If God and Jesus are the same, having the same mind, knowledge and power, then why would Jesus beg himself in the garden of Gethsemane, to spare himself from having to be crucified?

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If God and Jesus are the same, having the same mind, knowledge and power, then why would Jesus beg himself in the garden of Gethsemane, to spare himself from having to be crucified?
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#1

If God and Jesus are the same, having the same mind, knowledge and power, then why would Jesus beg himself in the garden of Gethsemane, to spare himself from having to be crucified?


#2

Jesus is equally God while still not God the father as well as not being God the Holy Spirit. They are three separate entities that all form the single God-head. John’s gospels shows this to us.

“In the beginning was the Word, and the Word was with God, and the Word was God. 2 He was in the beginning with God. 3 All things were made through Him, and without Him nothing was made that was made. 4 In Him was life, and the life was the light of men. 5 And the light shines in the darkness, and the darkness did not comprehend it. 6 There was a man sent from God, whose name was John. 7 This man came for a witness, to bear witness of the Light, that all through him might believe. 8 He was not that Light, but was sent to bear witness of that Light. 9 That was the true Light which gives light to every man coming into the world.10 He was in the world, and the world was made through Him, and the world did not know Him. 11 He came to His own, and His own did not receive Him. 12 But as many as received Him, to them He gave the right to become children of God, to those who believe in His name: 13 who were born, not of blood, nor of the will of the flesh, nor of the will of man, but of God. 14 And the Word became flesh and dwelt among us, and we beheld His glory, the glory as of the only begotten of the Father, full of grace and truth.” - John 1:1-14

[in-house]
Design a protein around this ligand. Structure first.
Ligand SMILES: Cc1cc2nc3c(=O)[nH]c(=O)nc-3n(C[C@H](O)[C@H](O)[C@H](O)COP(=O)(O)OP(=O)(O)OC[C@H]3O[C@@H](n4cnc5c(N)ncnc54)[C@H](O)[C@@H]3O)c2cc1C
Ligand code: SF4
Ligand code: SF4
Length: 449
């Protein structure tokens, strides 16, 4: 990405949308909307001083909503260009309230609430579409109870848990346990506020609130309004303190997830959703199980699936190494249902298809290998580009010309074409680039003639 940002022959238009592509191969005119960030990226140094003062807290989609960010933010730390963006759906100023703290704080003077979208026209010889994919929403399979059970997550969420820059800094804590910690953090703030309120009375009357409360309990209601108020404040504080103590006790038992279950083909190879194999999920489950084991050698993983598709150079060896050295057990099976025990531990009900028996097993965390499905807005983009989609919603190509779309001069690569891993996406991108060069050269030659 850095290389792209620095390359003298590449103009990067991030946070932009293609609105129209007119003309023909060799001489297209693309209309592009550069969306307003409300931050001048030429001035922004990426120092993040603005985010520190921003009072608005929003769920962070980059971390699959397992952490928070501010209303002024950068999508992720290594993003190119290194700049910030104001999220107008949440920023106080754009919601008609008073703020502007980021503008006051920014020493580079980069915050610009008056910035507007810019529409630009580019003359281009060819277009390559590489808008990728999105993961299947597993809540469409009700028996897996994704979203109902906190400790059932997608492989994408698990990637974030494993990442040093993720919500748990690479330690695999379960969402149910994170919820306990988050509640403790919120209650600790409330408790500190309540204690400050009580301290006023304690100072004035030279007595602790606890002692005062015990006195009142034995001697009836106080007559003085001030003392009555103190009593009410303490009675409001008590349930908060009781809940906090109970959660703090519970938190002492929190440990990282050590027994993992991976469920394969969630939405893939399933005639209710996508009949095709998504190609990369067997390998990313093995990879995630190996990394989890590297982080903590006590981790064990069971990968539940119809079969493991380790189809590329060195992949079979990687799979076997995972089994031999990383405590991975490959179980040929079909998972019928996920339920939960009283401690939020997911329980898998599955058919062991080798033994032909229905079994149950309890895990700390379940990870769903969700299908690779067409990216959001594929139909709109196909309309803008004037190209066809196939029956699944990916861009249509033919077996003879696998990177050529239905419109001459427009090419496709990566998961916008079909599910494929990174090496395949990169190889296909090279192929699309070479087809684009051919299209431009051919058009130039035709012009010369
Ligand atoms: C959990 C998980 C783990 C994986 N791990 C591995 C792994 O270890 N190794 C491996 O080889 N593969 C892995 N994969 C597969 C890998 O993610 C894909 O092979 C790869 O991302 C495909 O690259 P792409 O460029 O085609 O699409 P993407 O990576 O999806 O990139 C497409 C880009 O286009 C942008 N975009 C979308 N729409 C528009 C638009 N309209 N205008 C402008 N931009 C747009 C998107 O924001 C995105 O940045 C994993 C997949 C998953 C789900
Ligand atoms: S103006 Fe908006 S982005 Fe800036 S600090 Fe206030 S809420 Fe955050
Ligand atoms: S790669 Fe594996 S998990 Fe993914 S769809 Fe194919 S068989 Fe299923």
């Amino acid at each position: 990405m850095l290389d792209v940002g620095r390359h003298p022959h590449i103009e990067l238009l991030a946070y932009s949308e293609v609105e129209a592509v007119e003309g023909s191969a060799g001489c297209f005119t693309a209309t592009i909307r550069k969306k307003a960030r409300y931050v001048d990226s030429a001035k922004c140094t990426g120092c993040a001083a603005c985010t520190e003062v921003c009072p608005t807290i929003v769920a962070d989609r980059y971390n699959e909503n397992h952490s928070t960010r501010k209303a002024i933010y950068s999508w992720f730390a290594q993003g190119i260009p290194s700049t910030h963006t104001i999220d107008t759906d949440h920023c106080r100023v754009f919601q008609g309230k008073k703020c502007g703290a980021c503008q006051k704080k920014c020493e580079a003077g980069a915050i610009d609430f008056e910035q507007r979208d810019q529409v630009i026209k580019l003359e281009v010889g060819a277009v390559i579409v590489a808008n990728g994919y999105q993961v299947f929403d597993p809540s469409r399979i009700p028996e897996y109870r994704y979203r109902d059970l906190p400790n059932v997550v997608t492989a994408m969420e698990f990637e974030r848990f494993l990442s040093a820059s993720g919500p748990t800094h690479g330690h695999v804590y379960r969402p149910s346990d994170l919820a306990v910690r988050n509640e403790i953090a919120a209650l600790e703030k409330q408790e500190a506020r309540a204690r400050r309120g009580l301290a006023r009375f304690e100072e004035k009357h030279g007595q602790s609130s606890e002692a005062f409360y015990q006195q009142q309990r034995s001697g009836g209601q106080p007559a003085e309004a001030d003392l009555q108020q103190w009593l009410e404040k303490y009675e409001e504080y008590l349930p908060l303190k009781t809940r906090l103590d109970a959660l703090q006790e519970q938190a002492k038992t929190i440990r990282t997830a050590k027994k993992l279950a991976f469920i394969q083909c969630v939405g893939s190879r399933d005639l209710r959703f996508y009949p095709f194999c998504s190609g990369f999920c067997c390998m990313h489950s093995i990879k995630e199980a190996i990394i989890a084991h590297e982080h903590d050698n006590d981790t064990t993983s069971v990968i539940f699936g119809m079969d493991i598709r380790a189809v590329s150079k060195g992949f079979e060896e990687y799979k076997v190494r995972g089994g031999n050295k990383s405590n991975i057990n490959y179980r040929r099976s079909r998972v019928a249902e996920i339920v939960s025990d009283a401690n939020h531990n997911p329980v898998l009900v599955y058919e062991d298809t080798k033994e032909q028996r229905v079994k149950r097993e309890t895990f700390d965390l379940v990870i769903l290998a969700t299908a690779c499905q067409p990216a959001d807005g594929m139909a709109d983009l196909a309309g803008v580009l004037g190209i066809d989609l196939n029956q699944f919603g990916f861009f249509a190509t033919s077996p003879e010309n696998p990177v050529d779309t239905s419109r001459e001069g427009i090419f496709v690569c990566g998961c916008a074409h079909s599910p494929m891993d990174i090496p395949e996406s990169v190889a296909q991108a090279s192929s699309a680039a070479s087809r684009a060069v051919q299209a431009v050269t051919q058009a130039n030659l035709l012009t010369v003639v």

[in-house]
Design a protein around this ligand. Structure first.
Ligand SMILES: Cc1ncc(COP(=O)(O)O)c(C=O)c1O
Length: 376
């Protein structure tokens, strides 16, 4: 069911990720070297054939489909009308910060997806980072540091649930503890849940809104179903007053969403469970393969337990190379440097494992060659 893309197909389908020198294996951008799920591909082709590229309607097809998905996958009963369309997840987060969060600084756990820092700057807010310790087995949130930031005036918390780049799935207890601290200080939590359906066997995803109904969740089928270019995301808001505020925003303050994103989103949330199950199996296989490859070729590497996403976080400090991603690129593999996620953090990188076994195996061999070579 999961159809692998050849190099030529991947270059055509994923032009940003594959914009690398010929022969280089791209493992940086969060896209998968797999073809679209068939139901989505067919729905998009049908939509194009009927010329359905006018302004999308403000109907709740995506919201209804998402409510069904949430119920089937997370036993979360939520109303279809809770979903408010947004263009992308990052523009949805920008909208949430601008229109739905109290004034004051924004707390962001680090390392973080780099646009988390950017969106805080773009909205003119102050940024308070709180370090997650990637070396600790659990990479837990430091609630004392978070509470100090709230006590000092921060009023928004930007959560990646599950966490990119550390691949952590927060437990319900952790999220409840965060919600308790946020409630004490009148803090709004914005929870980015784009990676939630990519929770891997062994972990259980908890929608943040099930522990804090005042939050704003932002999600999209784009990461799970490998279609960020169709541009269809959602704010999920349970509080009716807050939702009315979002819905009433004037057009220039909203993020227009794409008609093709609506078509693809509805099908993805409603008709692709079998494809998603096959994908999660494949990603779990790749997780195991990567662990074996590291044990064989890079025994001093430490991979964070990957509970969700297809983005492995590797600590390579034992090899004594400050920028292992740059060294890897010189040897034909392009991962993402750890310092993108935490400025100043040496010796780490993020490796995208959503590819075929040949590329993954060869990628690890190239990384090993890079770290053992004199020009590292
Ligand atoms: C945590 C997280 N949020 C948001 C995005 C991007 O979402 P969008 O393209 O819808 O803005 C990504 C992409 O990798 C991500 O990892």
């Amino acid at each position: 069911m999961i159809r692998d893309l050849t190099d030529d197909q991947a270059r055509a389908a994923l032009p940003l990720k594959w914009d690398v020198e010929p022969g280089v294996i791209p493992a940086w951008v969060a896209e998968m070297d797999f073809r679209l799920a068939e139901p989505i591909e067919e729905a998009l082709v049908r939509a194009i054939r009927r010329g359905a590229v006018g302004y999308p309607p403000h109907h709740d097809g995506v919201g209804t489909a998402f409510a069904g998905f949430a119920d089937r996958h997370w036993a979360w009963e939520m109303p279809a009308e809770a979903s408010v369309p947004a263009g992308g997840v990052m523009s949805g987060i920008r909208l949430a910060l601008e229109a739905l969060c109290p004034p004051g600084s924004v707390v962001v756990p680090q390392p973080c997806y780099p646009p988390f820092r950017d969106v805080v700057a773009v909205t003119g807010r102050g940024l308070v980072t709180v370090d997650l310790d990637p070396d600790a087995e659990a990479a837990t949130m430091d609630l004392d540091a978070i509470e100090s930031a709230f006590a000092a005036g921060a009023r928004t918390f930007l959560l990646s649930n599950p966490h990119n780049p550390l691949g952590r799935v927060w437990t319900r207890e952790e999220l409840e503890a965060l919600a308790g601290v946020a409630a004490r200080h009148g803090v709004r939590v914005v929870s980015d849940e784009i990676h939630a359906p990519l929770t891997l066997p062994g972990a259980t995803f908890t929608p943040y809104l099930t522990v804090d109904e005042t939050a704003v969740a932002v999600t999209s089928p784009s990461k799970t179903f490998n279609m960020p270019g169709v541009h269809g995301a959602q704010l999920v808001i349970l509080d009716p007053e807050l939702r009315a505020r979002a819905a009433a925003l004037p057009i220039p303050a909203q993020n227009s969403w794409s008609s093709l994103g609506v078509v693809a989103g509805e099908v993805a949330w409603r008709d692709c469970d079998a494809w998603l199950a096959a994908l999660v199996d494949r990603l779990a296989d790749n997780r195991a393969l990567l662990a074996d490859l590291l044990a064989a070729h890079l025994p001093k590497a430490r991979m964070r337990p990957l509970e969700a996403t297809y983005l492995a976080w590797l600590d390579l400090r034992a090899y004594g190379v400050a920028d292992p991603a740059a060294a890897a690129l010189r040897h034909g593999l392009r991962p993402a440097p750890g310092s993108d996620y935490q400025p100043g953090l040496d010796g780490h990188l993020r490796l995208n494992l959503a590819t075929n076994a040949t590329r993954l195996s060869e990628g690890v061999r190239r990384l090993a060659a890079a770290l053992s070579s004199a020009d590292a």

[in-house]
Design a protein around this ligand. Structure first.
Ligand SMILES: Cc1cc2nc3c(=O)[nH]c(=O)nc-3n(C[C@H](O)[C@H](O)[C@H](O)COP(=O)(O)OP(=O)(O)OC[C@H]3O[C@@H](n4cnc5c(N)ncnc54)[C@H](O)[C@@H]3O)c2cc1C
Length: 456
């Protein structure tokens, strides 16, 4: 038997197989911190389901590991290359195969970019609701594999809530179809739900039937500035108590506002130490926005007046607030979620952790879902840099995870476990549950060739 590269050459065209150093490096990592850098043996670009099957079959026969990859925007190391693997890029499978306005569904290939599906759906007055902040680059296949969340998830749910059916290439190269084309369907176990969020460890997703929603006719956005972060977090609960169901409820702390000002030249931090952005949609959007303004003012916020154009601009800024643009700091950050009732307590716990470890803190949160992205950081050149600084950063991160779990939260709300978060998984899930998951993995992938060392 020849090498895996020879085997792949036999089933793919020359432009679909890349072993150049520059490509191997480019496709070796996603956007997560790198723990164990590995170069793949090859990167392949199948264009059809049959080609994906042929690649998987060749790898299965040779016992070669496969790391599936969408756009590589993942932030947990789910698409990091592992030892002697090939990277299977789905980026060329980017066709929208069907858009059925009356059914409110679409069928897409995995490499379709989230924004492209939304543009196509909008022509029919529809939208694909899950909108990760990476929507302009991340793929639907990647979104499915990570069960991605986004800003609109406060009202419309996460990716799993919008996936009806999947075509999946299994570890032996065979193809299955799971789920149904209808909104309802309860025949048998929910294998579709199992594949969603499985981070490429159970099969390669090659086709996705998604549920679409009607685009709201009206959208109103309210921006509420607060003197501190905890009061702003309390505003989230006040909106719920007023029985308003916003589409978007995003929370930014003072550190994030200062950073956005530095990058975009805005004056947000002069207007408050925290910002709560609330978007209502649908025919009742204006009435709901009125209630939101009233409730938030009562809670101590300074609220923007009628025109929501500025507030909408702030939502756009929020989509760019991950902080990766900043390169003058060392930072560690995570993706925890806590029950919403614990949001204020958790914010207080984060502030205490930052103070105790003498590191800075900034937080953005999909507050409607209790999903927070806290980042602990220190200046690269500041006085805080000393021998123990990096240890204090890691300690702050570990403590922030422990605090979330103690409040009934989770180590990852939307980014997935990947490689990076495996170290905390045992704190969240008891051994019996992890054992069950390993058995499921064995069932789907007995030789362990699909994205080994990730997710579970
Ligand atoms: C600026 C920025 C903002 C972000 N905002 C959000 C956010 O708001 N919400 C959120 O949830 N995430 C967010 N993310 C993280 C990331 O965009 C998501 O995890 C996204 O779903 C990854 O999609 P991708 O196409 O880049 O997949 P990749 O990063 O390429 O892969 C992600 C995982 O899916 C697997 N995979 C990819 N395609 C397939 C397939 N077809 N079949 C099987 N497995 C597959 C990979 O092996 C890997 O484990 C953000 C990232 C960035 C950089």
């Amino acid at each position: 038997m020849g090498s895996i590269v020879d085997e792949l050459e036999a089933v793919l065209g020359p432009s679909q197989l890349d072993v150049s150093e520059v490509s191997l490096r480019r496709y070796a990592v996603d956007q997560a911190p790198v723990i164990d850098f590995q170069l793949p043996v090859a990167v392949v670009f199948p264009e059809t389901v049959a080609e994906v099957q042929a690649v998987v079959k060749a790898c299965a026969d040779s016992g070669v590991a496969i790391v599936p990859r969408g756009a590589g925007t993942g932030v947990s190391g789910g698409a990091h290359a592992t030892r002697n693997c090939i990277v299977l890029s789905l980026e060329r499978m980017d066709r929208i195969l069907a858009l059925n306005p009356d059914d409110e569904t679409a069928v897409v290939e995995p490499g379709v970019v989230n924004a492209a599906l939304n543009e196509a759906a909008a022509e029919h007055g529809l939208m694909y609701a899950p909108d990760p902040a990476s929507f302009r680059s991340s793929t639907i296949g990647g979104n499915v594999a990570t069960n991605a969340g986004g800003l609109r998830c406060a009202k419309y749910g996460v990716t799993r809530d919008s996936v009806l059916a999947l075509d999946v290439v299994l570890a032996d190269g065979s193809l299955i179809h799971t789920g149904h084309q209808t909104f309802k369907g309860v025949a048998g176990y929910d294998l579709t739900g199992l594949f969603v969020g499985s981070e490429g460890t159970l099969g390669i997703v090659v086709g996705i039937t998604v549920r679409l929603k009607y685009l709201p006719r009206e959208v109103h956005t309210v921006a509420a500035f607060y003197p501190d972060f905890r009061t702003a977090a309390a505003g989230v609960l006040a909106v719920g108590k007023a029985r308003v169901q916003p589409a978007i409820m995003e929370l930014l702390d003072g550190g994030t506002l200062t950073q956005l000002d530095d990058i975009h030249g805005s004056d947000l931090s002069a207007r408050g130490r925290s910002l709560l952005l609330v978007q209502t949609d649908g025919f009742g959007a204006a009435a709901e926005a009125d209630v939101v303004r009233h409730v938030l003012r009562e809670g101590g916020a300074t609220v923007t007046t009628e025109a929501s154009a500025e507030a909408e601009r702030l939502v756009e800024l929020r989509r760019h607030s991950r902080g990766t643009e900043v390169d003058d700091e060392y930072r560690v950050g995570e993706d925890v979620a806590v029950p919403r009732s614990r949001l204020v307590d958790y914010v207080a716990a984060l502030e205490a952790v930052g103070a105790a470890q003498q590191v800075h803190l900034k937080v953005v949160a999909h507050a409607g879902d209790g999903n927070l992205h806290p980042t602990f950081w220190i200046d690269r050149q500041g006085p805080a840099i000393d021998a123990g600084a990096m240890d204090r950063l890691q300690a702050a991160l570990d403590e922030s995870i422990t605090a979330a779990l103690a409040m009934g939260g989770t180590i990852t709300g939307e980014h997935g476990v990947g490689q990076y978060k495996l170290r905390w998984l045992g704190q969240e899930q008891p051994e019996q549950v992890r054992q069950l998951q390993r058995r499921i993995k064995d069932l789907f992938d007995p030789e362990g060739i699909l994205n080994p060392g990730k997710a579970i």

So once we understand that Jesus was not merely talking to Himself in Gethsemane nor upon the Cross. The question becomes. How could Jesus, being part of the God head, ask to be spared from that which he knew he must do?